Miss SokoI is AWS secretary,
Home Ec Club treasurer, Hello
Girl finalist, AUF assistant, on
BABW and a member of VHEA,
Alpha Lambda Delta, Phi Upsilon
Omicron and Newman Club.
Miss Luchsinger is VHEA trea
surer, Alpha Chi Omega treasurer,
on Ag Executive Board, Ag YWCA
Cabinet and is a member of Phi
Upsilon Omicron and Alpha Lamb
da Delta.
Miss Lees is a member of VHEA,
Kappa Phi, Builders and Love
Memorial Hall.
Miss Gerdes is Home Ec Club
historian, on BABW Board, mem
ber of Luteran Students Associa
tion, 4H Club, Tassels and Love
Memorial Hall.
Miss Selk is on Coed Counselors
Board, BABW Board, Ag Union
committee, Ag YWCA, 4-H Club,
Gamma Delta and University
Miss Shepardson is a member
of Ag YWCA and 4-H Club. Miss
Otradosky is a member of Build
ers and Kappa Alpha Theta.
To the touch... to the taste.
an Accu-Ray Chesterfield satis-
f ics the most . . . burns more
evenly, smokes much smoother,
. If
r $ 4
f "i
nt aii K,'ttoni of Math 11.
ii a m. 1 e m. All aectlona of Math 14,
S-B e m. Classei mcetlna at 4 00
or or two of theaa lay
Clasae mtmg 8:00 a.m. 5 or daya. or Mw F, or i,ny ona
or two of these daya
2-5 p.m. All aec:lons ot Enallsh 2, S. 4
-12 .m. FRIDAY, JANUARY 27
Clasa at S:00 p.m. 6 or 4 daya. or MWF. or ny ona
or two of theaa daya
Claasea meeting at 6:00 p.m. 5 or 4 daya. or MWF, or any ona
or two of then daya
flasHea meeting at 6:00 p tn, TTh or either ona of theai i daya
Claasea meeting at 7:00 p.m. MWF or any ona or two of thesa daya
2-5 p.m. All aectlona of Ecnnnmlca 3. 11. 12. 1 15 eOottscunrt .
Olaaaea meeting at 2:00 p.m. TTh or elthar ona of these daya
-12 a.m. . SATURDAY. JANUARY 28
Olaaaea meeting, at 2:00 p.m. 5 jt 4 daya. or MWF, or any one
or two of thee daya
J-5 p.m. All aectlona of Naval Science 101. 201. 801, 401
-12 a.m. MONDAY, JANUARY 3d
Classes meeting at 10:00 a.m. 5 or 4 daya, or OTr, or any
one or two of these daya
1- 5 p.m. Classes meeting at 1 :00 p.m. TTh or either one of these daya
8-12 a.m. TUESDAY, JANUARY SI " . .
Classes meeting at 4:00 p.m. TTh or either one of these flays
Clssscs mcctlnt at 8KH) a.m. TThS or any one or two of these dura
8-5 p.m. All sections of Mechanical EnRlneerlng 1
All aectlona of Home Economics 41. 42
All aectlona of French 11, 13
All sections of Spanish 51, 63
All sections of Bualnesa Organization 21
All aectlona of English B Collseum) ,
11 a.m.-l p.m. All sections of English 1 (Coliseum)
8-12 a.m. Classes meeting at 3:00 p.m. TTh or either one of these days
2- 5 p.m. Classes meeting at 9:00 a.m. TThS or any one or two of these days
All sections of Sociology 53
Clares meeting at 1:00 p.m. 5 or 4 daya, or MWF, or any ona
or two of these days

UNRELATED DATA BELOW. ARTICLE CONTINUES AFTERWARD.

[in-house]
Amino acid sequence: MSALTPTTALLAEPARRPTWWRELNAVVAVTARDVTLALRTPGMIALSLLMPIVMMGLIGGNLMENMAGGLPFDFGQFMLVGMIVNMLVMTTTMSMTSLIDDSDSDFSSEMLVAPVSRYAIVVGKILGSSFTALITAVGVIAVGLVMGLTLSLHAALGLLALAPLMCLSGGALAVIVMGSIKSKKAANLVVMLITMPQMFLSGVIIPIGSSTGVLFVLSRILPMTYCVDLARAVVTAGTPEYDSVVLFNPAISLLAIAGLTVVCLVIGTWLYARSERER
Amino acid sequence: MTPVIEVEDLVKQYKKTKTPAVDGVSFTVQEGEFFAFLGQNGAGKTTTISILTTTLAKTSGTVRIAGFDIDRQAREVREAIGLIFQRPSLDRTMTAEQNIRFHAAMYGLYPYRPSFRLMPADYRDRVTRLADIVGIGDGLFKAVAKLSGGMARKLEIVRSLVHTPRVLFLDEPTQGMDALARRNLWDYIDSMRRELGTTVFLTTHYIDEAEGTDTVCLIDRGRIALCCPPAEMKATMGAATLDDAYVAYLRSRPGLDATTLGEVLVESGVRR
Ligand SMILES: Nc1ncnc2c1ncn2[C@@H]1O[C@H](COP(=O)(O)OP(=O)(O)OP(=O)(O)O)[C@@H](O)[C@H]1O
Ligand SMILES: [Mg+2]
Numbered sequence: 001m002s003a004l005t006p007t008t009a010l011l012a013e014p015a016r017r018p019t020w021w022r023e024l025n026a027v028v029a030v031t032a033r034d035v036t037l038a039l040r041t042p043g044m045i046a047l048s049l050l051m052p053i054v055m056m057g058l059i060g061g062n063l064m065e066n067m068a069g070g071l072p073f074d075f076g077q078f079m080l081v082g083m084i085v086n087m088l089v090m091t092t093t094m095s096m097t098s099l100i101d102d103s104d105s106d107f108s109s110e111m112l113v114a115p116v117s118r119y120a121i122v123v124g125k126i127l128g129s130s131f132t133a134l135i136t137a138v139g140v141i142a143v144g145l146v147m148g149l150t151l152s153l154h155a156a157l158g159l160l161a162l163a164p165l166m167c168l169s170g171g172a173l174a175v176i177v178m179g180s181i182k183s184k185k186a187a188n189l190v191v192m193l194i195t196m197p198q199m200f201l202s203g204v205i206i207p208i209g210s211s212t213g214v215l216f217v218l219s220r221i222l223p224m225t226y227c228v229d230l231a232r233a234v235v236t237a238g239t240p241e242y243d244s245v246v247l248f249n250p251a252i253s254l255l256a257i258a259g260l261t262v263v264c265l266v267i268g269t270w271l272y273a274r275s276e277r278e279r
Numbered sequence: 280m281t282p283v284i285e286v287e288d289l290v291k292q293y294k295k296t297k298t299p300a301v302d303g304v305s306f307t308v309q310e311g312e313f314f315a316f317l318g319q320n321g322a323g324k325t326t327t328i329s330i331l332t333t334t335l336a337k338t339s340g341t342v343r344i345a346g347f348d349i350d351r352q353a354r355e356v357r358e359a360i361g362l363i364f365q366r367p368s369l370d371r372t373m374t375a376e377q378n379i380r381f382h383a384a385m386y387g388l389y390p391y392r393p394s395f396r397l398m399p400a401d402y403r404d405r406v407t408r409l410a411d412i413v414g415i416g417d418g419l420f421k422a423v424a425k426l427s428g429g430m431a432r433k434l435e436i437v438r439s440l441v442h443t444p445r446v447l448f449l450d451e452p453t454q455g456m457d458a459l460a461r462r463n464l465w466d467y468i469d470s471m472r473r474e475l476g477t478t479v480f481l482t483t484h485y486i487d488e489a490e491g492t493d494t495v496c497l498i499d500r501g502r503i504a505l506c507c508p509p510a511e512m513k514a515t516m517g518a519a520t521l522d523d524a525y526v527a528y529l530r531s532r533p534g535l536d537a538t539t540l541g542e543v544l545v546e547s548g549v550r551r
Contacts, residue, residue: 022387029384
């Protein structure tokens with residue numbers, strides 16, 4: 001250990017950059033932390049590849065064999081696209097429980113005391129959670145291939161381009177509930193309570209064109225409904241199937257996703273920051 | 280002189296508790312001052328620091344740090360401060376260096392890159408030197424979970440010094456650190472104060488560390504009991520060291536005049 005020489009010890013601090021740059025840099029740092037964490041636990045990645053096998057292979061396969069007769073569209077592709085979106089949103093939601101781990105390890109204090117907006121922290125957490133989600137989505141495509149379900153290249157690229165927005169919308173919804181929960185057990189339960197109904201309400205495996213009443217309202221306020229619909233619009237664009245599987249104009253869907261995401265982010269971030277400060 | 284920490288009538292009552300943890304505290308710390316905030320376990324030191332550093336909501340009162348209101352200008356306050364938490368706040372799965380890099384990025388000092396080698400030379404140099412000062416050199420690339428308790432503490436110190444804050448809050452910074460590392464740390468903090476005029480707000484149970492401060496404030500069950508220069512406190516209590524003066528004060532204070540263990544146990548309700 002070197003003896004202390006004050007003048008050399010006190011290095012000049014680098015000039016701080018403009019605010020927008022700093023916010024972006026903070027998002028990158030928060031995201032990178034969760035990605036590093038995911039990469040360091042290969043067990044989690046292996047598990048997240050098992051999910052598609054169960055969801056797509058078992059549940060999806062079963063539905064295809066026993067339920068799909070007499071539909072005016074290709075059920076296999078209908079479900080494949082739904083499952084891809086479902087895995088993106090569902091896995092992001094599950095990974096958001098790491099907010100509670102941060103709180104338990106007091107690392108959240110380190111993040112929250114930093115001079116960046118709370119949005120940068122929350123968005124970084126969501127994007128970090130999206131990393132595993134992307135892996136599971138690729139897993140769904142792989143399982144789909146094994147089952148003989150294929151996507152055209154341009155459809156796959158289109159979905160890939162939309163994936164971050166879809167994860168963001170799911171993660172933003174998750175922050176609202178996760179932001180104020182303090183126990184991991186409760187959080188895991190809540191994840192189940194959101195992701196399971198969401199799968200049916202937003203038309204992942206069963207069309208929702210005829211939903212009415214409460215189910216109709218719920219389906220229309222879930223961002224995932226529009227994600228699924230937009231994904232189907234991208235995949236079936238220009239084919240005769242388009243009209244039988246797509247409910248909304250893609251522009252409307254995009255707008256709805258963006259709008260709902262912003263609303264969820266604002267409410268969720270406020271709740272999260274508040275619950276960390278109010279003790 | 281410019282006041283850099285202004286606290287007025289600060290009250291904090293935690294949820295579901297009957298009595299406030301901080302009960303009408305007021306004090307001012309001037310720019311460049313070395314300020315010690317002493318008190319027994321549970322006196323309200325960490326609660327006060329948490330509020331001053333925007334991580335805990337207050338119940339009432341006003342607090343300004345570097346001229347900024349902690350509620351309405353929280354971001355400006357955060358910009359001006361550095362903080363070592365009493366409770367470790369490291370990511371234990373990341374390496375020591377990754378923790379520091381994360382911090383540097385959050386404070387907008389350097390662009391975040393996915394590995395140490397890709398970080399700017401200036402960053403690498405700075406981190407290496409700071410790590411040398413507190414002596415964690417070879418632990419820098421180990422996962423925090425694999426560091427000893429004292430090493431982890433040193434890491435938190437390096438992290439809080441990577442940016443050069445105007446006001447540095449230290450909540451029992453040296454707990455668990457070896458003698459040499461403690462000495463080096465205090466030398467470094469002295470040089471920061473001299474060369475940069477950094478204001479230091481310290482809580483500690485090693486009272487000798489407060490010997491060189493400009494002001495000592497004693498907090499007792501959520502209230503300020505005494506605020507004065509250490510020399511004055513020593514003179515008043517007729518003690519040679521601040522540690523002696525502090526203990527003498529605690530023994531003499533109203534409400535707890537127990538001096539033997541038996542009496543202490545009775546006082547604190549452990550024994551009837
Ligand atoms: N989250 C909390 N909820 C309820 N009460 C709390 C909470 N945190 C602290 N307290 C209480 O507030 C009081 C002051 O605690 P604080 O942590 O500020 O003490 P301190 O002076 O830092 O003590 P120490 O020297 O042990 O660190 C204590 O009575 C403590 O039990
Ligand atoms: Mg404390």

8-5 p.m. Classes meeting at 11:00 a.m. TThS or any one or two of these
All sections of Speech 8. 10
8-12 a.m. FRIDAY, FEBRUARY 8
Classes meeting at 8:00 a.m. 5 or 4 days, or MWF, or any ona
or two of these days
Classes meeting at 12:00 noon on 6 or 4 daya, or MWF, or any
one or two of these daya
2-5 p.m. Claasea meeting at 10:00 a.m. TThS or any one or two of thesa
Elementary Schools:
Men Term Profession
Rewarding, Challenging
Grade school teaching can be a
challengingj rewarding profession
for men, according to four Uni
versity students. n
They should know, for all four
men are enrolled in the Teachers
College department of elementary
education. These four who are
entering a predominately woman's
field are Marlin Languis, Galen
Nelsen, Harold Hansen and Fred
"Children in the lower grades
offer a real challenge," Languis
said. "At that level, they are learn
ing fundamental work habits and
study habits that will last all
their lives. This phase of education
is like the basement of a building
since it will determine how suc
cessful they will be in their adult
Languis, a senior, believes that
elementary education is a wide
open field for men which has
been neglected. Working with
young children is' nothing new to
him, since he taught for five years
in a rural school. He is now com
pleting his work for a college de
gree. "fly .
Firm and pleasing to the lips
. , . mild yet deeply satisfying to
the taste Chesterfield alone is
pleasure-packed by Accu-Ray.
THEY gatidffl .
18, 41,
1. 17,
42, 106, 107
p.m. S
4 days, or
MWF, or n on
"Challenging" is also the word
that Nelsen used to describe tha
field of elementary education. Nel
sen, a sophomore, said he has
always been interested in teach
ing and that is sister, Margery, a
Fremont grade school teacher, in
fluenced him to enter this area of
educational work.
Hansen and Schrock both have
religious training as background
for their work in elementary edu
cation. Hansen attended the University
for two and one-half years and
then entered theological seminary.
At the conclusion of his seminary
training, he decided he was more
"cut out" for school teaching than
for the ministry. He plans to teach
in a private church school believ
ing that this is an important phase
of religious work.
Schrock has completed a four
year Bible course at the Grace
Bible Institute in Omaha. When
he decided to enter the teaching
profession, he chose the elemen
tary field, he said, since he feels
he is more qualified to teach
young children.